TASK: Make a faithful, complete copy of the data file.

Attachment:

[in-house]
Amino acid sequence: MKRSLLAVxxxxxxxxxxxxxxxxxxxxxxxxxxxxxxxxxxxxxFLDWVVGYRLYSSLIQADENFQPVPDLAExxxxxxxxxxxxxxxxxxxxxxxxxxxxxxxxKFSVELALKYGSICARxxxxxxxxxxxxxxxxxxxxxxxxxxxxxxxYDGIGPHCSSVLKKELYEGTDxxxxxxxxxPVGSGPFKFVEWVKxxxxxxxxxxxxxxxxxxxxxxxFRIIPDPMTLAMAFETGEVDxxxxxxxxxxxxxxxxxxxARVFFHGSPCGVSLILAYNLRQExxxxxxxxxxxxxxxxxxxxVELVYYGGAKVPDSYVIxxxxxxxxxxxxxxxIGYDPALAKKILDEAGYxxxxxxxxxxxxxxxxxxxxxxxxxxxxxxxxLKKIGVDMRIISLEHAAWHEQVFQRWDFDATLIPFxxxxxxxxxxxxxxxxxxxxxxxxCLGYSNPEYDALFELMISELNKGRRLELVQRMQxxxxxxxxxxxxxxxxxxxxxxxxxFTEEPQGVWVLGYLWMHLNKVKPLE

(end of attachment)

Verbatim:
[in-house]
Amino acid sequence: MKRSLLAVxxxxxxxxxxxxxxxxxxxxxxxxxxxxxxxxxxxxxFLDWVVGYRLYSSLIQADENFQPVPDLAExxxxxxxxxxxxxxxxxxxxxxxxxxxxxxxxKFSVELALKYGSICARxxxxxxxxxxxxxxxxxxxxxxxxxxxxxxxYDGIGPHCSSVLKKELYEGTDxxxxxxxxxPVGSGPFKFVEWVKxxxxxxxxxxxxxxxxxxxxxxxFRIIPDPMTLAMAFETGEVDxxxxxxxxxxxxxxxxxxxARVFFHGSPCGVSLILAYNLRQExxxxxxxxxxxxxxxxxxxxVELVYYGGAKVPDSYVIxxxxxxxxxxxxxxxIGYDPALAKKILDEAGYxxxxxxxxxxxxxxxxxxxxxxxxxxxxxxxxLKKIGVDMRIISLEHAAWHEQVFQRWDFDATLIPFxxxxxxxxxxxxxxxxxxxxxxxxCLGYSNPEYDALFELMISELNKGRRLELVQRMQxxxxxxxxxxxxxxxxxxxxxxxxxFTEEPQGVWVLGYLWMHLNKVKPLE